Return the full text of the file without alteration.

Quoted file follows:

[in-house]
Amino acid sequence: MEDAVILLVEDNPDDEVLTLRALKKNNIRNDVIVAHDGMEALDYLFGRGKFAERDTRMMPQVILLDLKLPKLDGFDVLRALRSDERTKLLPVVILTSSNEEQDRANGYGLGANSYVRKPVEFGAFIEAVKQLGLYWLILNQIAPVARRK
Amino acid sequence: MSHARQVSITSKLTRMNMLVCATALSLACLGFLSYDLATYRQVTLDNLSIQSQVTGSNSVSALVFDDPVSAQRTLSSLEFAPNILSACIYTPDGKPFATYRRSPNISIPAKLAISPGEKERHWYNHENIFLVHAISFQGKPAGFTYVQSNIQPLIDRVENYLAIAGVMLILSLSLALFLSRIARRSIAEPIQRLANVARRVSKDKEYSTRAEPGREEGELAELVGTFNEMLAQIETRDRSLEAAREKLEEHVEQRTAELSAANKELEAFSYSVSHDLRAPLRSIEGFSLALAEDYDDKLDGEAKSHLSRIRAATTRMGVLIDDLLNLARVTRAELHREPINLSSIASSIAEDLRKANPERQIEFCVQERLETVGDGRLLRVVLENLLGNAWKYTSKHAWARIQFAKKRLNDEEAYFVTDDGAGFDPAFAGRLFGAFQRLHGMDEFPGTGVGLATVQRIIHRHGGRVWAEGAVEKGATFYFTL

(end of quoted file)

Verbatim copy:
[in-house]
Amino acid sequence: MEDAVILLVEDNPDDEVLTLRALKKNNIRNDVIVAHDGMEALDYLFGRGKFAERDTRMMPQVILLDLKLPKLDGFDVLRALRSDERTKLLPVVILTSSNEEQDRANGYGLGANSYVRKPVEFGAFIEAVKQLGLYWLILNQIAPVARRK
Amino acid sequence: MSHARQVSITSKLTRMNMLVCATALSLACLGFLSYDLATYRQVTLDNLSIQSQVTGSNSVSALVFDDPVSAQRTLSSLEFAPNILSACIYTPDGKPFATYRRSPNISIPAKLAISPGEKERHWYNHENIFLVHAISFQGKPAGFTYVQSNIQPLIDRVENYLAIAGVMLILSLSLALFLSRIARRSIAEPIQRLANVARRVSKDKEYSTRAEPGREEGELAELVGTFNEMLAQIETRDRSLEAAREKLEEHVEQRTAELSAANKELEAFSYSVSHDLRAPLRSIEGFSLALAEDYDDKLDGEAKSHLSRIRAATTRMGVLIDDLLNLARVTRAELHREPINLSSIASSIAEDLRKANPERQIEFCVQERLETVGDGRLLRVVLENLLGNAWKYTSKHAWARIQFAKKRLNDEEAYFVTDDGAGFDPAFAGRLFGAFQRLHGMDEFPGTGVGLATVQRIIHRHGGRVWAEGAVEKGATFYFTL